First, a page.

· Research was based on the design and construction of the first steel maquette submitted for the competition. This included gathering architectural and historical information on buildings in Johannesburg City, overviews of the city centre and information and structural drawings of gold mines in Johannesburg. In the mobile Johannesburg’s past and present buildings became a vehicle for time and memory.
· Relevant scientific theories were investigated. They relate to thematic issues of time, space, memory, light, motion and balance, represented in the Mobile City and in other artworks. Genetic information and scientific theories are researched because they appear to correspond directly to the idea of a city’s evolution and correlates with movement and time in the mobile. The concept of time was used as it can be experienced or debated, not as an academic study.
The project involved the process of creating the Mobile City, from the initial stages in January 1998 through to its completion at the end of 1999. The final process of the fabrication included the motorisation of the Mobile City and entrance into the Absa building over the roof with a hydraulic crane, described when detailing the final installation of the Mobile City sculpture.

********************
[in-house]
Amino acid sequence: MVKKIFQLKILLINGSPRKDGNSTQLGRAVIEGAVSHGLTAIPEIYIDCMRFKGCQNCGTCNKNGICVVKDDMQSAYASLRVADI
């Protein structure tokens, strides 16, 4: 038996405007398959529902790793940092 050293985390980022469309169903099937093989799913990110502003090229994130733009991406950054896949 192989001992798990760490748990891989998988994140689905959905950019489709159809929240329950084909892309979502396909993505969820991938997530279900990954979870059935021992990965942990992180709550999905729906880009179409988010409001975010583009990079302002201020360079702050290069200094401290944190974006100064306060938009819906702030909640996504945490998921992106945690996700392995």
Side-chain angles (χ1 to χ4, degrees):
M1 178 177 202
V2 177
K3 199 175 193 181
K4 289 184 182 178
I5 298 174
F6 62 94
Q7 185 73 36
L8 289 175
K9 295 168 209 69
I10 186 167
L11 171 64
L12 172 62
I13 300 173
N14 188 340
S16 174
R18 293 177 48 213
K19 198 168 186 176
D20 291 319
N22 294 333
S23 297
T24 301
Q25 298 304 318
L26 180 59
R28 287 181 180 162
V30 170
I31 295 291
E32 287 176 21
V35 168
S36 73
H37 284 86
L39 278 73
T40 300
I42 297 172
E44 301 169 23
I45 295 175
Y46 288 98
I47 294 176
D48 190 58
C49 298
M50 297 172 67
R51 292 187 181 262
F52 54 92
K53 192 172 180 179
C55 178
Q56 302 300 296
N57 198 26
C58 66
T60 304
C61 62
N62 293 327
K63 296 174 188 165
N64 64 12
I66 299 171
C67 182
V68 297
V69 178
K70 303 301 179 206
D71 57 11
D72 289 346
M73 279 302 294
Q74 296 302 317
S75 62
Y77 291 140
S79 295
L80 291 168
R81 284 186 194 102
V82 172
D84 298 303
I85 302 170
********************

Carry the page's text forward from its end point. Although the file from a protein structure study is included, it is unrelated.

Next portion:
The problems encountered during the research process included a lack of information on literature specific to the process of corporate art projects that present information on corporate art competitions from an artist’s perspective. In respect of sponsorship of the arts and corporate art collections, most of the information found was directed towards business. By revealing the dynamics involved in the project and sharing the research experience, others embarking on a similar journey, might proceed in their chosen endeavours with a firmer grasp of the challenges and a greater understanding of the possibilities of public sculpture.